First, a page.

NPV Advantages and Disadvantages
Net Present Value (NPV) is one of the discounted cash flow techniques used in capital budgeting to determine the viability of a project or an investment. NPV is the difference between the present value of cash inflows and the present value of cash outflows over a period of time. The cash flows are discounted to the present value using the required rate of return. A positive NPV denotes a good return and a negative NPV denotes a poor return. Below is a summary of the advantages and disadvantages of NPV.
- It takes into account Time Value of Money
- Helps in Decision Making
- No Set guidelines to Determine the Required Rate of Return
- Cannot be used to Compare Projects of Different Sizes
- Hidden Costs
Let us now discuss each of the advantages and disadvantages of NPV in detail –
Advantages and Disadvantages of NPV (Explained in Detail)
Below are the NPV advantages and disadvantages with examples.
Advantages of using NPV
Following are the advantages of NPV(Net Present Value).
#1 – Time Value of Money
The primary advantage of using NPV is that it considers the concept of the time value of money i.e a dollar today is worth more than a dollar tomorrow owing to its earning capacity. The computation under NPV takes into account the discounted net cash flows of an investment in order to determine its viability. To understand how present value figures are important in capital budgeting, let us consider the following example –
A company is looking to invest $100,000 in a project. The required rate of return is 10%. The following are the projected earnings of project A and project B.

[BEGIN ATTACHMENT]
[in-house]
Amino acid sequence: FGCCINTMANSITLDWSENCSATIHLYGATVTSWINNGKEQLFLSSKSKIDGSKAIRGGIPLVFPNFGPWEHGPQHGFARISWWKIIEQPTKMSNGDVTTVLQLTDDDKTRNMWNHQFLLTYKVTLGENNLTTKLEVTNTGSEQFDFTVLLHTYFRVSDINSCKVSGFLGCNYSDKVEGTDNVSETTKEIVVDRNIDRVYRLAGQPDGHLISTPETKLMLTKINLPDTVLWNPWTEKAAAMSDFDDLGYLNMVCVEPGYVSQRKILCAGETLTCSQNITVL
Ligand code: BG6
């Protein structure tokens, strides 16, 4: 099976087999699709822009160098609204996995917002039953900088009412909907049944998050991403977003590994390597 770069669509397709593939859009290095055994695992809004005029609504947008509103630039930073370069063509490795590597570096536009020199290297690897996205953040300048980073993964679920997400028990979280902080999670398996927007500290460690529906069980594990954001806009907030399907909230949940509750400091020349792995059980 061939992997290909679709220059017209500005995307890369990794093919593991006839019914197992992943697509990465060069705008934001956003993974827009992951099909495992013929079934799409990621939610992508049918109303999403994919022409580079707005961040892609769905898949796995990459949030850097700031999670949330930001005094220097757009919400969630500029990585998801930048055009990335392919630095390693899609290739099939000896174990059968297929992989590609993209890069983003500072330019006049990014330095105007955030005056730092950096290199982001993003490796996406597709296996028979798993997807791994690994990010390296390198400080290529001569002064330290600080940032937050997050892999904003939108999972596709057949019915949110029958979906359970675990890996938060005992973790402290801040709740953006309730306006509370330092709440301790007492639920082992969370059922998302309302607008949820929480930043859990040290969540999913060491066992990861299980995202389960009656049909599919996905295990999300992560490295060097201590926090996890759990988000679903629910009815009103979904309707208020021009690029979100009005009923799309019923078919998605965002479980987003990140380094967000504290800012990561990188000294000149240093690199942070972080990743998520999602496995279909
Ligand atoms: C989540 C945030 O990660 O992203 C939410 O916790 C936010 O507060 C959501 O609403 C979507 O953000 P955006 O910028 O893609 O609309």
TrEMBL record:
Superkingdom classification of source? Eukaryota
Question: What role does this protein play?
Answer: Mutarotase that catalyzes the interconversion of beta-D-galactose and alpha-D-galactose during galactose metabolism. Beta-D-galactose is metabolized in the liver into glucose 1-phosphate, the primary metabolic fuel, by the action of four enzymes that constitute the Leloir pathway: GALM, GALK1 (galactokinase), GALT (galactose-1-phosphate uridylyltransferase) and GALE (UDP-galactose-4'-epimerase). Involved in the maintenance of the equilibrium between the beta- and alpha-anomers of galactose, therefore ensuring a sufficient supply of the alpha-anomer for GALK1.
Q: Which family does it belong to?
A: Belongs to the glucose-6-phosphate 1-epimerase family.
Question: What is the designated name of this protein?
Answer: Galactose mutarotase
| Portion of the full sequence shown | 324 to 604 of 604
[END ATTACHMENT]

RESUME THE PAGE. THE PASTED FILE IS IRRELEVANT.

- Project A – Y1 – $10,000, Y2 – $12,000, Y3 – $20,000, Y4 – $42,000, Y5 – $55,000 and Y6 – $90,000.
- Project B– Y1 – $15,000, Y2 – $27,500, Y3 – $40,000, Y4 – $40,000, Y5 – $45,000 and Y6 – $50,000.
If the time value of money is not considered, the profitability of the projects would be the difference between the total inflows and total outflows, as depicted in the table below –
Judging by these figures, Project A would be considered profitable with a net inflow of $129,000.
In the same example, however, if the time value of money was considered,
*Discounted at 10%
It is evident that Project B is more profitable in terms of the present value of future cash flows with a discounted net inflow of $49,855. Therefore, it is essential that the time value of money is considered, to determine, more accurately, the ideal investment for a company.
#2 – Decision-Making
NPV method enables decision-making process for companies. Not only does it help evaluate projects of the same size, but it also helps in identifying whether a particular investment is profit-making or loss-making.
Let us consider the following example –
A company is interested in investing $7500 in a particular venture. The required rate of return is 10%. The following are the projected inflows of the venture –
Y1 – $(500), Y2 – $800, Y3 – $2300, Y4 – $2500, Y5 – $3000.
NPV of the project (as computed using the formula) = $(1995.9)